Mounting Piles of Waste<p>It is not only the streets of Chatellerault where pandemic pollution is piling-up, but also the world's beaches and oceans. Once there, they can take up to 450 years to degrade and disappear.</p><p>Esther Röling, co-organizer of the annual Adventure Clean Up Challenge held on Hong Kong Island, has seen this waste firsthand. In October the sports challenge pitted teams against one another in a competition to remove trash from 13 hard-to-reach coastal areas around the city.</p><p>They find tons of both disposable and reusable masks, said Röling. "You wonder how it ended up there. Was it just thrown on the ground? Or was it in a garbage bag that broke open?"</p><p>Almost 10,000 kilometers away in Antibes on the sunny French Riviera, it's a similar picture. For the past few months, divers and clean-up volunteers working with an ocean clean-up non-profit called Operation Mer Propre have been collecting an increasing number of masks found on land and in the sea.</p><p>"Since the beginning of the lockdown when we started to count, we've reached 800, 900, [and now in total] 1000 masks," said co-founder Joko Peltier. </p><p>According to <a href="https://unctad.org/news/growing-plastic-pollution-wake-covid-19-how-trade-policy-can-help" target="_blank">UN estimates</a>, up to 75% of all coronavirus-related plastic could end up as waste in oceans and landfills.</p>
The Limits of Recycling<p>Yet not all are convinced the recycling of this waste is possible on a global scale. </p><p>"What those citizen groups are doing is really beneficial but once they collect it, it should just go to a landfill or an incinerator. They shouldn't necessarily expect it to get recycled," said Jonathan Krones, an industrial ecologist and visiting assistant professor of environmental studies at Boston College.</p><p>That's because mask recycling programs like Plaxtil are few and far between and most don't have the benefit of a readily adaptable production process. </p><p>Even in countries with solid recycling infrastructure, he says, the system is designed to separate out specific types of waste like bottles or cardboard.</p><p>"I imagine that it would be technically feasible to develop a separation process to filter out masks, but there simply aren't enough of them to make that economical," he said.</p><p>Collection is a big hurdle, he adds. Since each mask only weighs a fraction of a gram and they're scattered on roads or mixed with other trash, it is difficult and costly. </p><p>"You need a lot of raw material of the right quality to make investing in the recycling technology and the recycling system worthwhile," he said.<span></span><br></p>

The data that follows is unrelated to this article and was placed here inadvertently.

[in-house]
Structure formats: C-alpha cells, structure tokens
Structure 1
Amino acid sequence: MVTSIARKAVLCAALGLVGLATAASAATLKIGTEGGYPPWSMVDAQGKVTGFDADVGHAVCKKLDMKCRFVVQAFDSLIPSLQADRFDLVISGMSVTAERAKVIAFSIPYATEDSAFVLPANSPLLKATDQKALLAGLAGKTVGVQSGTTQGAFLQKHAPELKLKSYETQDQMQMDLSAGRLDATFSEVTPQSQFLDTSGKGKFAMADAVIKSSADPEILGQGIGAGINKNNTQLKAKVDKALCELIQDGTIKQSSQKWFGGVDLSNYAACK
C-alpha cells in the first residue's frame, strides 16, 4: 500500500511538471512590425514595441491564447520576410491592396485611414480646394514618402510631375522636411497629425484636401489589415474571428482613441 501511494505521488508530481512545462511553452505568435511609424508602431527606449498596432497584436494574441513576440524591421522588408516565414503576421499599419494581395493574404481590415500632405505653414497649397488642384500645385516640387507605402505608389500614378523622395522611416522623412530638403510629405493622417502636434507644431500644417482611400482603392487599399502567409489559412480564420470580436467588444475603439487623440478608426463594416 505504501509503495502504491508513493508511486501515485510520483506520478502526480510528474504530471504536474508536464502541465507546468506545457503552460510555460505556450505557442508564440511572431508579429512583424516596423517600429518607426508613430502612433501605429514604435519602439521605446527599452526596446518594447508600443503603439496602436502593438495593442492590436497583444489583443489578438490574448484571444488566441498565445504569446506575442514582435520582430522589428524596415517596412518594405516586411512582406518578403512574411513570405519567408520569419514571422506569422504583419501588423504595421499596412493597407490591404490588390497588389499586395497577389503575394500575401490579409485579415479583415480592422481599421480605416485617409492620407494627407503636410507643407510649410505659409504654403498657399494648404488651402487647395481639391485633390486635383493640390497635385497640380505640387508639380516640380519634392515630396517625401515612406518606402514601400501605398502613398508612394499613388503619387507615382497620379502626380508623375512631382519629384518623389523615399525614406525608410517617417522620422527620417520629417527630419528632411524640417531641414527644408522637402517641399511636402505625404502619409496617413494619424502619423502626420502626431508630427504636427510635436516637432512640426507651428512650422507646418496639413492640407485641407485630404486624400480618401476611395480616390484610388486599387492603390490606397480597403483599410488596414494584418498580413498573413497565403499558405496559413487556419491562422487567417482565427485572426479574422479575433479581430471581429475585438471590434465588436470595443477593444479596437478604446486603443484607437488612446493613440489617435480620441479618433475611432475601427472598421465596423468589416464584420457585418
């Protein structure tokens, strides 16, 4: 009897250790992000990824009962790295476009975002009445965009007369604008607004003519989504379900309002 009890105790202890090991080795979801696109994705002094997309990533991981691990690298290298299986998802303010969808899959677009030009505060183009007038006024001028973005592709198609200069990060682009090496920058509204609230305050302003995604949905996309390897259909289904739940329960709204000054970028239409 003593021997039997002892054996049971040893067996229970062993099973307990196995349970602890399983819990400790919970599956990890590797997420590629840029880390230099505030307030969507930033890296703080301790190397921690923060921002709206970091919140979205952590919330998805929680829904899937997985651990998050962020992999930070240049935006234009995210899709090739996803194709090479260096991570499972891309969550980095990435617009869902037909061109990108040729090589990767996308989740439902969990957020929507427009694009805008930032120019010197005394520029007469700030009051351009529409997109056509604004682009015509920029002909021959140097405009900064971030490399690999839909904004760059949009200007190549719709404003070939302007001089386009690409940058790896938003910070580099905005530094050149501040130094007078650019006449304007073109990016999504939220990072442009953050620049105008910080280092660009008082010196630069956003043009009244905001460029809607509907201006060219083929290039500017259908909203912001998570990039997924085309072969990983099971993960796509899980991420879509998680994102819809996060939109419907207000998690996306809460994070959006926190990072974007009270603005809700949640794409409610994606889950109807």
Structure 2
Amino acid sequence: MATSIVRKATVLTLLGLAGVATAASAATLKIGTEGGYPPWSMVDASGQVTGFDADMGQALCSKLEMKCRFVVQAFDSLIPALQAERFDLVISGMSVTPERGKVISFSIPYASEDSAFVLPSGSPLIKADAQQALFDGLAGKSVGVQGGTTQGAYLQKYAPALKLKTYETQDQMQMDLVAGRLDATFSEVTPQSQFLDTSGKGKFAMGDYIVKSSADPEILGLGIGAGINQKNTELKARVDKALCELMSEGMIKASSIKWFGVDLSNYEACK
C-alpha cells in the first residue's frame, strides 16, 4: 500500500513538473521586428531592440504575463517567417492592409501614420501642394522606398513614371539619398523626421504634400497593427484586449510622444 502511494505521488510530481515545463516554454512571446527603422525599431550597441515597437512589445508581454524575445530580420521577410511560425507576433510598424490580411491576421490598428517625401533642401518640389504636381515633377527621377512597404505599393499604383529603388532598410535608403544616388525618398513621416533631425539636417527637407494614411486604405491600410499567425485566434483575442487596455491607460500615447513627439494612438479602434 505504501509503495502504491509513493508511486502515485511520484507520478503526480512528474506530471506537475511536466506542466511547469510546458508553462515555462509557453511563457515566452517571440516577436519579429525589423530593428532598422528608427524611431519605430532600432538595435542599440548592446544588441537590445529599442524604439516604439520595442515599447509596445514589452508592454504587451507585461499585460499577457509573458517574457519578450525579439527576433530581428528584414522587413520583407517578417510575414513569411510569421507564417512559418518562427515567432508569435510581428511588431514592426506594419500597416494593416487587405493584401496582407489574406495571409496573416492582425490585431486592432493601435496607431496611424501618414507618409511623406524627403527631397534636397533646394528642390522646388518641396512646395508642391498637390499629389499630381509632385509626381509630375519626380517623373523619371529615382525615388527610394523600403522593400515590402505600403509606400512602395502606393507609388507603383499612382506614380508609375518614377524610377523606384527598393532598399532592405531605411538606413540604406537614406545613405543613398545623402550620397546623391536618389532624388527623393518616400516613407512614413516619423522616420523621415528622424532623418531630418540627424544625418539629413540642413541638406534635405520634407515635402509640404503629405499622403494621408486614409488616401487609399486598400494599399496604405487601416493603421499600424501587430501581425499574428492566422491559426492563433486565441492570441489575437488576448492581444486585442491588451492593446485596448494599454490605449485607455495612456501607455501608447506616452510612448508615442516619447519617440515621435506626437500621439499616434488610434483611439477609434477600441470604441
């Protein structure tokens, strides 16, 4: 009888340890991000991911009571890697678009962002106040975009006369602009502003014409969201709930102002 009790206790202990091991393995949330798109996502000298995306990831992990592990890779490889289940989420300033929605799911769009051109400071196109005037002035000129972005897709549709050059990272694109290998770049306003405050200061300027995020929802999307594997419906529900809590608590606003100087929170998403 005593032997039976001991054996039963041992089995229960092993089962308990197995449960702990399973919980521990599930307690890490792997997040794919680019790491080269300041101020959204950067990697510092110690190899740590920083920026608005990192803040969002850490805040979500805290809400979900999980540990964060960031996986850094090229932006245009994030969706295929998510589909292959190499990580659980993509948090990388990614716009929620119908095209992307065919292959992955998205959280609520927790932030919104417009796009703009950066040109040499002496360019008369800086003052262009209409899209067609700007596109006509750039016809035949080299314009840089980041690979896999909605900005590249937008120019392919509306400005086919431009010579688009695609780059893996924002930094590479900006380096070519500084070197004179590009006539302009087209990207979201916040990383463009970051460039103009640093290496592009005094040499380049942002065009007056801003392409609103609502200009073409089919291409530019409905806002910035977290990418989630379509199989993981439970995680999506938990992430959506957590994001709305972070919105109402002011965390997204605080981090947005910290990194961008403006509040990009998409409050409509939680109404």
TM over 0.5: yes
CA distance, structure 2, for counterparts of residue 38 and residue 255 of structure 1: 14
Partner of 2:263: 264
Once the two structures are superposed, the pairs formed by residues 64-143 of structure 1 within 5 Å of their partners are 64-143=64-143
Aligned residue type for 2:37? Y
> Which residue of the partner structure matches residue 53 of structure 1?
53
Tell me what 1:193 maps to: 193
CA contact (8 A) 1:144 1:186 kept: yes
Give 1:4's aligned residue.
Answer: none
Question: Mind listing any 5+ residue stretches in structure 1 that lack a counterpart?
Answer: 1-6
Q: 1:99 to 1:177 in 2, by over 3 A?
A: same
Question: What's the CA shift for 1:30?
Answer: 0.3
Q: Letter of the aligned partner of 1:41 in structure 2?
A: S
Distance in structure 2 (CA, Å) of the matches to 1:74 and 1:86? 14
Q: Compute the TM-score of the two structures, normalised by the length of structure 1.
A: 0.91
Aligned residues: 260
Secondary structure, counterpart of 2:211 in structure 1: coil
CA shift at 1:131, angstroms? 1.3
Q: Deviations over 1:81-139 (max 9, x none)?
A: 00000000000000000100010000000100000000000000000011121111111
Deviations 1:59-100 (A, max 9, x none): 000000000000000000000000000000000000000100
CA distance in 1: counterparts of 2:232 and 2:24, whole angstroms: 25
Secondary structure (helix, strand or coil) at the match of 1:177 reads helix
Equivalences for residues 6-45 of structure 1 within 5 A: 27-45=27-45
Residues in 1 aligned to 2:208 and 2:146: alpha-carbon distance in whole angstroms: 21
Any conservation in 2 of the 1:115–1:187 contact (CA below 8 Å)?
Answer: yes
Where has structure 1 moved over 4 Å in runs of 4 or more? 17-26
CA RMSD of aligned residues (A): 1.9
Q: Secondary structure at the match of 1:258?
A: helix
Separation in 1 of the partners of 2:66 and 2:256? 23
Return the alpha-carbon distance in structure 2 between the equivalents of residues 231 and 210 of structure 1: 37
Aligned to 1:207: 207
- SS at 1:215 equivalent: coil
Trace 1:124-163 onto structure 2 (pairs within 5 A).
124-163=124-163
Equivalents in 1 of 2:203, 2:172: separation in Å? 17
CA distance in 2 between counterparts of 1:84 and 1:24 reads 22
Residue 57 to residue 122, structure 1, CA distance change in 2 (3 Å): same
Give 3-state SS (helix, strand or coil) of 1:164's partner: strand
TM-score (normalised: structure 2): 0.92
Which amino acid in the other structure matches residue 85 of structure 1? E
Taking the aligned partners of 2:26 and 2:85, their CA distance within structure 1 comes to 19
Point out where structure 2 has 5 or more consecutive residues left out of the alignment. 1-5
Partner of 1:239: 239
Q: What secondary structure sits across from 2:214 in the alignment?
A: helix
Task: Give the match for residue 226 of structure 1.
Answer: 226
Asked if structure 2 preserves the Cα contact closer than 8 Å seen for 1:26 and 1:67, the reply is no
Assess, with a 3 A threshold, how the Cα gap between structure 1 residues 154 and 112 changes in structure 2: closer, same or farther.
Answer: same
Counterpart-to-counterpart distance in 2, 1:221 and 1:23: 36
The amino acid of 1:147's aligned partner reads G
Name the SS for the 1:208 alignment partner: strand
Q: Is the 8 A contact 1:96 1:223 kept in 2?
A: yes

Hemp, Sugar Cane and Sustainable Alternatives<p>Some projects are instead addressing the material used to make masks.</p><p>French company Geochanvre have created a mask made primarily from hemp, while in Australia, researchers at the Queensland University of Technology are experimenting with a disposable product made from agricultural waste. </p><p>Biodegradable options are exciting alternatives to reduce the fossil fuels needed for the creation of plastic-based masks, said Krones, but they don't absolve the wearer from the responsibility of what happens afterwards. </p><p>Bio-based masks often need their own composing solutions, he explains, because in landfill they can produce high amounts of the greenhouse gas methane when anaerobic bacteria feeds on the organic material. Methane is known to be significantly more potent than carbon dioxide.</p><p>"I think as long as we have in our mind that we want to have disposability, we're going to have to wrestle with a variety of different sorts of environmental tradeoffs," he said, adding that reusable, fabric masks are the best option available to most people.</p><p>Precimask is developing a clear face covering with an optional visor made from hard plastic, designed to be long-lasting.<br></p><p>Air enters either side of the cheeks through a technology normally found in pool filters and car exhaust systems, said company spokeswoman Juliette Chambet.</p><p>"We wanted to make ceramic-based filters that would be washable and cleanable, which would allow them to be reused as many times as desired without having to buy a new consumable or produce waste," she said. </p><p>Ultimately, encouraging mask wearers to think about the entire lifecycle of a mask is key, explains Neveu. </p><p>"We want people who put on the masks to realize that they are also responsible for the waste, he said. "It's not inevitable that this [pandemic] will become an environmental catastrophe.</p><p><em>Reposted with permission from </em><em><a href="https://www.dw.com/en/covid-19-recycling-pollution-trash-pandemic/a-55707817" target="_blank">Deutsche Welle</a>.</em><a href="https://www.ecowatch.com/r/entryeditor/2649032193#/" target="_self"></a></p>